Nelly: Brass Knuckles

Nelly takes a turn toward a more hard-edged sound and somehow manages to not completely destroy the aesthetic that's made him so famous.


Brass Knuckles

Label: Universal Records
US Release Date: 2008-09-16
UK Release Date: 2008-09-15

Nelly is arguably the greatest singles rapper of all time. Love him or hate him, few artists, if any, have hovered around the Billboard charts like Nelly. Simply put, dude can write a hook. Be it through his breakout smash "Hot In Herre", the grinding and singable "E.I.", or the playful "Air Force Ones", Nelly has become a staple in the pop world, elevating himself above the status of hip-hop kingpin to that of pop superstar.

A legitimate baseball player, one with the possibility of going pro, Nelly seemed like he could do anything. He was like a kid spinning a globe of dream professions and putting his finger down on rapper. Because of his excessive success, Nelly's hits were always littered with lighthearted joy. Music seemed like an afterthought. He essentially just made music that he enjoyed and could party to. Even when he tried to be slightly more serious on his 2004 Sweat/Suit double album, he still got his wild'n-out on with tracks like "Flap Your Wings".

It's disappointing, then, that on his latest release Brass Knuckles, Nelly has almost completely lost the excitability and mindless cheer that was so crucial in his previous success. As evidenced by the record's "holy shit is that really Nelly? Has he been juicing with Dr. Dre and 50 Cent lately?” cover, Brass Knuckles is the record where Nelly finally commits to this hip-hop thing, when he tries to rise above the status of MTV celebrity Jock Jam freak athlete and bubblegum rapper.

In keeping with his new, buff (Photoshopped?) look, Nelly gets downright hard on Brass Knuckles. The opener "U Ain't Him", typical of most tracks throughout the disc, is better suited for a T.I. comeback album than a Nelly disc. The production on most of the record sounds more like David Banner than Mannie Fresh, boasting the southern aggression more reminiscent of the crack rap coming from Jeezy and T.I. than anything Nelly has even flirted with before. Most notably, the prepubescent "Ohs" and childish yelps are strangely lacking and ineffective throughout the disc, something that truly pinpoints Nelly's turn away from the lighthearted power of his previous records.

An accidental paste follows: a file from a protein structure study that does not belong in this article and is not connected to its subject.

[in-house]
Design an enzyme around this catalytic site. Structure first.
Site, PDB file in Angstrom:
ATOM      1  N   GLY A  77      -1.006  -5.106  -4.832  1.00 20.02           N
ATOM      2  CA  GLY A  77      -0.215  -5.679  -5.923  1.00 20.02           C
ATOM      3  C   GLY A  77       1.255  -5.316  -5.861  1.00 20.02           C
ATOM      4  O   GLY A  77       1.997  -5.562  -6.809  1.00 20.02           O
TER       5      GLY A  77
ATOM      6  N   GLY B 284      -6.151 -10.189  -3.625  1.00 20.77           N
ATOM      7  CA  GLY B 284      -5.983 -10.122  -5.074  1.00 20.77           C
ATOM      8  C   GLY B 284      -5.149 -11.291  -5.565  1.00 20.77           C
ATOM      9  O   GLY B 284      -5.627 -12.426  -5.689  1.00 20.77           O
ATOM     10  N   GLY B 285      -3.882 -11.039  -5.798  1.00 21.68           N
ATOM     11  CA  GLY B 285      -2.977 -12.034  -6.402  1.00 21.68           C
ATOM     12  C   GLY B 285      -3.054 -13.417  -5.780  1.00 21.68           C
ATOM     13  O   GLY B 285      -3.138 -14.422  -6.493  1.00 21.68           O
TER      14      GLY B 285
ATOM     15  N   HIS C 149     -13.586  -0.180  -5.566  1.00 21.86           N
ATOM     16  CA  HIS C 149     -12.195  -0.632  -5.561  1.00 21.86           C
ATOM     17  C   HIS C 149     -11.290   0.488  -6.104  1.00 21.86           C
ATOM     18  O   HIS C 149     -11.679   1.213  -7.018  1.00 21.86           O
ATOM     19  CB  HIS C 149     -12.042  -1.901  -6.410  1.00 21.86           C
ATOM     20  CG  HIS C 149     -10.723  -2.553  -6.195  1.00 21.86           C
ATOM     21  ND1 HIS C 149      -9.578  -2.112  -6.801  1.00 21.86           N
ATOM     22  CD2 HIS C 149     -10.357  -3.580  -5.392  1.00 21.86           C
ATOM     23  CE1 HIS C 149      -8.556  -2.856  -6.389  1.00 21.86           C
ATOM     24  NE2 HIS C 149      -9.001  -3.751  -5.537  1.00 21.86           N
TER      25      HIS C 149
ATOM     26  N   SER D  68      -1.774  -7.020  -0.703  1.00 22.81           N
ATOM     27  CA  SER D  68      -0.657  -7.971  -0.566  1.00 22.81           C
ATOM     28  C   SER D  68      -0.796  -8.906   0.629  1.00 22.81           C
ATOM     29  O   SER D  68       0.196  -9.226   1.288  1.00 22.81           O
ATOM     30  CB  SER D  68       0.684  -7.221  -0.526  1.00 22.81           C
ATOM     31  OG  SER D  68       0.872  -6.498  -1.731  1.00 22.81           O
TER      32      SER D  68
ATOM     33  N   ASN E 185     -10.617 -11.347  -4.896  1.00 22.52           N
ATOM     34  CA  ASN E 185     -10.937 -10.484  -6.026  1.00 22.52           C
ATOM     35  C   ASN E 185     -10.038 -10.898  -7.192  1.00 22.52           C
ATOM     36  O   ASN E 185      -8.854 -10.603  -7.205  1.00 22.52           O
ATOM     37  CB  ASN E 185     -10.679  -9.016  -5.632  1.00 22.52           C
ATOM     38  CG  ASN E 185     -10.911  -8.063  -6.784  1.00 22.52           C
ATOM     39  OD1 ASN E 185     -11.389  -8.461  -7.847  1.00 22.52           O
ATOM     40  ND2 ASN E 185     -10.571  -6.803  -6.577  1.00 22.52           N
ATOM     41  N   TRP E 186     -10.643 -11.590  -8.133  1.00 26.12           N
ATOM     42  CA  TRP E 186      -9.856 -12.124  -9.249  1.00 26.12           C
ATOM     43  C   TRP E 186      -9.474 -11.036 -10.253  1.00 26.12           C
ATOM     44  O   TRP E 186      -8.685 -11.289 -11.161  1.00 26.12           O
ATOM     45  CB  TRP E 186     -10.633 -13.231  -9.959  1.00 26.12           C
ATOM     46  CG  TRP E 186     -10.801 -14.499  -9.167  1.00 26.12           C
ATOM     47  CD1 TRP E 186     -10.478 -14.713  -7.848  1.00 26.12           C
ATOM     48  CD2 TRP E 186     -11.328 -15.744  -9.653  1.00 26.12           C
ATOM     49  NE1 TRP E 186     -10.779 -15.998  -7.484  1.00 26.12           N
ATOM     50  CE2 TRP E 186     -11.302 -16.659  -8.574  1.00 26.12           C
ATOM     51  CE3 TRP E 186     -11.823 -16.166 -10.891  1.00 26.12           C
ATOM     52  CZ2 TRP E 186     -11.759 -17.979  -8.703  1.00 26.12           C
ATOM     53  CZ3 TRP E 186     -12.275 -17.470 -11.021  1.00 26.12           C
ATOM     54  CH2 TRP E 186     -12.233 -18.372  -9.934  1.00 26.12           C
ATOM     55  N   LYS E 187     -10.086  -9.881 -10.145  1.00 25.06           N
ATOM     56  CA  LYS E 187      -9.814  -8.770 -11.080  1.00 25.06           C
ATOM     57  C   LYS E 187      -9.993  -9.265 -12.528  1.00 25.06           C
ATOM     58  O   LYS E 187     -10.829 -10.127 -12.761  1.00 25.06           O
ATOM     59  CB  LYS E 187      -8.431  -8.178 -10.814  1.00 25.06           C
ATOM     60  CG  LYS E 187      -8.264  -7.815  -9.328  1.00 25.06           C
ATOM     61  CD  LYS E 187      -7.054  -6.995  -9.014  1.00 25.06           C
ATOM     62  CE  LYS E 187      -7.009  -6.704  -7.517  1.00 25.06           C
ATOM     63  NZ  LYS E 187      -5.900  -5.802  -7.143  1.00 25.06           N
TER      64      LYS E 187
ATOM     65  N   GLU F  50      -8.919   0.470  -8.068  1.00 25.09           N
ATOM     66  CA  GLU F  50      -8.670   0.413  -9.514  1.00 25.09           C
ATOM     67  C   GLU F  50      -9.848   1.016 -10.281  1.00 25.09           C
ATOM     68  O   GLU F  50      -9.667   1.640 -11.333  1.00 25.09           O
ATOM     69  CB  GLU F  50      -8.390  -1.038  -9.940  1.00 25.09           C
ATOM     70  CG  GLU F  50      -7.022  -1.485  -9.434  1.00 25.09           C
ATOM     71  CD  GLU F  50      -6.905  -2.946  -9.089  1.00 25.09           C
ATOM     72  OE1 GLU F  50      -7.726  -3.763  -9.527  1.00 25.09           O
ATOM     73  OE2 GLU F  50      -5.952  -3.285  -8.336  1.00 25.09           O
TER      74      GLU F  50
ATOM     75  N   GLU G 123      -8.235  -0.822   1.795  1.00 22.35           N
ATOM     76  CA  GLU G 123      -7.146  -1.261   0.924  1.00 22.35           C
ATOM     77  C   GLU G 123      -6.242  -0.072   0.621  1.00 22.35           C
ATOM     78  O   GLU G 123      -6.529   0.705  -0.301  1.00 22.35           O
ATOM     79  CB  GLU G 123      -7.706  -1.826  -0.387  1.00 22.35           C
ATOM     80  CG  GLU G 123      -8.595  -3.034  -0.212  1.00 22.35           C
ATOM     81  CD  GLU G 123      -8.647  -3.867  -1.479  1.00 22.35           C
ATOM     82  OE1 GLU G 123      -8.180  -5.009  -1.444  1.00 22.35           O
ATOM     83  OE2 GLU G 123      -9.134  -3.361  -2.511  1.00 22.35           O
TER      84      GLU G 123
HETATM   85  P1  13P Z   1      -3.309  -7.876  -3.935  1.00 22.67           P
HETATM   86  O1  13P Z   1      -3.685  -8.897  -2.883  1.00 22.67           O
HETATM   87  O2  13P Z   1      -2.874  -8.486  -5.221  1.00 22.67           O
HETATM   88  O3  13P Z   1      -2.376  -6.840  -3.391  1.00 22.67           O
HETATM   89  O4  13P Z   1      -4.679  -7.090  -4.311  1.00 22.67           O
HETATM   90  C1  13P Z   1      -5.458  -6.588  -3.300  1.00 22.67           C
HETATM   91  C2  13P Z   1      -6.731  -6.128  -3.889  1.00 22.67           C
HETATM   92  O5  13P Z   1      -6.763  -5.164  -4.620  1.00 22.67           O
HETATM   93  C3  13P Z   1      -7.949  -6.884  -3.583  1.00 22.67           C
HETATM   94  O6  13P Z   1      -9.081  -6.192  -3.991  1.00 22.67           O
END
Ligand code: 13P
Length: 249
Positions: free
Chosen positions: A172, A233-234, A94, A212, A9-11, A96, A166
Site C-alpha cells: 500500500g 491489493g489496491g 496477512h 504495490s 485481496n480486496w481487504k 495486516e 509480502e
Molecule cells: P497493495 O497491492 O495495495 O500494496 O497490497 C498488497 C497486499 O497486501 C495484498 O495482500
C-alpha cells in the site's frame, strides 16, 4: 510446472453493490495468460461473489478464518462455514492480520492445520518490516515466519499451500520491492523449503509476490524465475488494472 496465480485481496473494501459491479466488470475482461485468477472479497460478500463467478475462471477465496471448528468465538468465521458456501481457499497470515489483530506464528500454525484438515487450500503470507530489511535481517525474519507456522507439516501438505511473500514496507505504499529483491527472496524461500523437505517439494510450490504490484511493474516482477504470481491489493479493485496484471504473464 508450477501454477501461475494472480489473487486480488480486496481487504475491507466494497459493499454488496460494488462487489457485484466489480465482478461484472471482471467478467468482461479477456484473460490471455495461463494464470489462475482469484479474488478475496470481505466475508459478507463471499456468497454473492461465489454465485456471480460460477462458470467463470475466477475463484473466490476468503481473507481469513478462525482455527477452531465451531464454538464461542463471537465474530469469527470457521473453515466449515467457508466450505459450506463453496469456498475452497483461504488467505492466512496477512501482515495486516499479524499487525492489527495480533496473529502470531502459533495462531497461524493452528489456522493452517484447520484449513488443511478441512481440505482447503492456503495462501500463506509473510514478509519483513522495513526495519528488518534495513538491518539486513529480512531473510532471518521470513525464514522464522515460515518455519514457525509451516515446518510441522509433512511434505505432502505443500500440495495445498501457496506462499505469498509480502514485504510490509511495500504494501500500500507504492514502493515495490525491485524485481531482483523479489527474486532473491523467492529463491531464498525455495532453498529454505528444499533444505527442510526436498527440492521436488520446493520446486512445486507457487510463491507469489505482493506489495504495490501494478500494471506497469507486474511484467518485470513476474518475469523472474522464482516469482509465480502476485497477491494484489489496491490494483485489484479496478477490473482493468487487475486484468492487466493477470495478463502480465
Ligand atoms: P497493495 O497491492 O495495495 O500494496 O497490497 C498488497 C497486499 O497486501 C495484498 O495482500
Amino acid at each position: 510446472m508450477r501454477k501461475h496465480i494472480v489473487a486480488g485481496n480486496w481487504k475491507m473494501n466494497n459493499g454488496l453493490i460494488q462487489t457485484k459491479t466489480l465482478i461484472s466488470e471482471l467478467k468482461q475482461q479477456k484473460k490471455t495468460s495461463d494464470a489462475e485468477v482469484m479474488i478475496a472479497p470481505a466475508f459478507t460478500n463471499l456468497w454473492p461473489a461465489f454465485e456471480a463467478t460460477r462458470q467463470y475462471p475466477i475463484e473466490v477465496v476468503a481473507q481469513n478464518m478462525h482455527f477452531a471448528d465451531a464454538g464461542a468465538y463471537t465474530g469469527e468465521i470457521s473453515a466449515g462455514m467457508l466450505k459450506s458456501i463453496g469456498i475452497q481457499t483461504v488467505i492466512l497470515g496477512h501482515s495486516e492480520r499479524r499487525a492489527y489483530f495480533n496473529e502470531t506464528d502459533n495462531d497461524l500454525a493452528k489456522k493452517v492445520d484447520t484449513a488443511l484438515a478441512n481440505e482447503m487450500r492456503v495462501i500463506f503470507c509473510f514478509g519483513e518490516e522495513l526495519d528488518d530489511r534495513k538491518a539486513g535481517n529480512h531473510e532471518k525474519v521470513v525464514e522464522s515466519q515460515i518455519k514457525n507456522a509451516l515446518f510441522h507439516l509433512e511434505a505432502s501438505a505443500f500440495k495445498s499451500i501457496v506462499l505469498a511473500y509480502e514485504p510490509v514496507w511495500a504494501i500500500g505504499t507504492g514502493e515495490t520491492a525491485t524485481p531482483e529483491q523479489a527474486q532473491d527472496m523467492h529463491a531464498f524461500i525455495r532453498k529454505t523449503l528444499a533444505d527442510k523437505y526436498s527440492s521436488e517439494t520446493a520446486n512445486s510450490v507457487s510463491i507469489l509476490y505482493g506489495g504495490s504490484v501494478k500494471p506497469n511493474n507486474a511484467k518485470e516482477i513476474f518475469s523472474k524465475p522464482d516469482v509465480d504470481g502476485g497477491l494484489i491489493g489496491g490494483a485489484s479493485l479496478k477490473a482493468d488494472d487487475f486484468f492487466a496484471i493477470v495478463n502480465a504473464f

Strangely though, Nelly can actually kind of pull this sound off. His ability to write hooks saves what is otherwise a disastrous production choice for such a Top 40-minded rapper. The choral, crescendoing chorus of "U Ain't Him" doesn't sound wholly alien to Nelly's clubs-vocals. "Hold Up", which features a T.I. that sounds like he’s been smoking four packs of cigarettes a day, is carried by Nelly's dual, dubbed vocals that, while clearly out of place, find a way of endearing themselves to the track.

What has suffered on Brass Knuckles because of this turn are the singles. Lead single "Party People" is undeniably the worst single he's ever released. The track tries to combine the party sound he's known for with the hard-edged sound he's aiming for, resulting in what sounds like Fergie aping a Three 6 Mafia production. "Body On Me" is carried solely by Akon and Ashanti's airy vocalgasms while Nelly floats around awkwardly like a thumbless drunk trying to do some tactile function that requires thumbs. And though "Stepped On My J's" is the perfect complement to "Air Force Ones", its general anger of Nelly having his new kicks stepped on is more off-putting than booty-shakingly poppy.

For all of Brass Knuckles's problems though, it is probably his most consistent record. There's nothing that's boldly offensive or immediately dismissible, save a few slight missteps ("Lie" and "Who Fucks With Me"). It's possible then that Nelly's turn toward hip-hop legitimacy actually did make him a better rapper. But I really just want someone to tell me to take all my clothes off; we've already got enough T.I. wannabes.


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